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User service daemon and client specification - Chapter 6
Applications and notes on use

6.1 Standard services and directory management

In later versions of this specification standard service names and interfaces for common services such as mail delivery and WWW CGI scripts will be specified.

userv-using applications and system services which hide userv behind wrapper scripts may need to store information in the user's filespace to preserve the correct placement of the security perimiters. Such applications should usually do so in a directory (created by them) ~/.userv/.servdata/service, where service is the service name or application in question.

The use of a dot-directory inside ~/.userv will hopefully avoid the user becoming confused by finding parts of a semi-privileged application's internal state in their filespace, and or discourage them from fiddling with and thus corrupting it. (Note that such applications should of course not rely for their global integrity on the integrity of the data on the user's side of the security boundary.)

6.2 Reducing the number of absolutely privileged subsystems

Currently most Unix systems have many components which need to run as root, even though most of their activity does not strictly require it. This gives rise to a large and complex body of code which must be trusted with the security of the system.

Using userv many of these subsystems no longer need any unusual privilege.

cron and at, lpr and the system's mail transfer agent (sendmail, smail, exim or the like) all fall into this category.

6.3 Do not give away excessive privilege to userv-using facilities

There is a danger that people reimplementing the facilities I mention above using userv will discard much of the security benefit by using a naive implementation technique. This will become clearer with an example:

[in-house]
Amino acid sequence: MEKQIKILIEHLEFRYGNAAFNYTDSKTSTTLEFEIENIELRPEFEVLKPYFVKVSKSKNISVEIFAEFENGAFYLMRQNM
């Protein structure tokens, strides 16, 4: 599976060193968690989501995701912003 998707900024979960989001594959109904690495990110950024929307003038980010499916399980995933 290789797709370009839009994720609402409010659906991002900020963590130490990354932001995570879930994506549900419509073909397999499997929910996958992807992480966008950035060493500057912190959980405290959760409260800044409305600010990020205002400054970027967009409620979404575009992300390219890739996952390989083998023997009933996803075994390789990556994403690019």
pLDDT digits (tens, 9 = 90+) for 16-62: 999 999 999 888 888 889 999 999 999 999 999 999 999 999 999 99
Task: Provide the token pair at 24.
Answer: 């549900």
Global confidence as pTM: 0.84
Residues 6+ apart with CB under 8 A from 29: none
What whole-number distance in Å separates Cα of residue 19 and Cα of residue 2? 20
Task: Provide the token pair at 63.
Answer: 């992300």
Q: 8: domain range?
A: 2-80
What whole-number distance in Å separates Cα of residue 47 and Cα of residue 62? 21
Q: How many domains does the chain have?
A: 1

Consider the lpr program. In current systems this needs to have an absolutely privileged component in order to support delayed printing without copying: when the user queues a file to be printed the filename is stored in the print queue, rather than a copy of it, and the printer daemon accesses the file directly when it is ready to print the job. In order that the user can print files which are not world-readable the daemon is given root privilege so that it can open the file in the context of the user, rather than its own.

A simple-minded approach to converting this scheme to use userv might involve giving the printer daemon (the lp user) the ability to read the file by allowing them to run cat (or a special-purpose file-reading program) as any user. The lpr program would use a userv service to store the filename in the printer daemon's queues, and the daemon would read the file later when it felt like it.

However, this would allow the printer daemon to read any file on the system, whether or not someone had asked for it to be printed. Since many files will contain passwords and other security-critical information this is nearly as bad as giving the daemon root access in the first place. Any security holes in the print server which allow a user to execute commands as the lp user will give the user the ability to read any file on the system.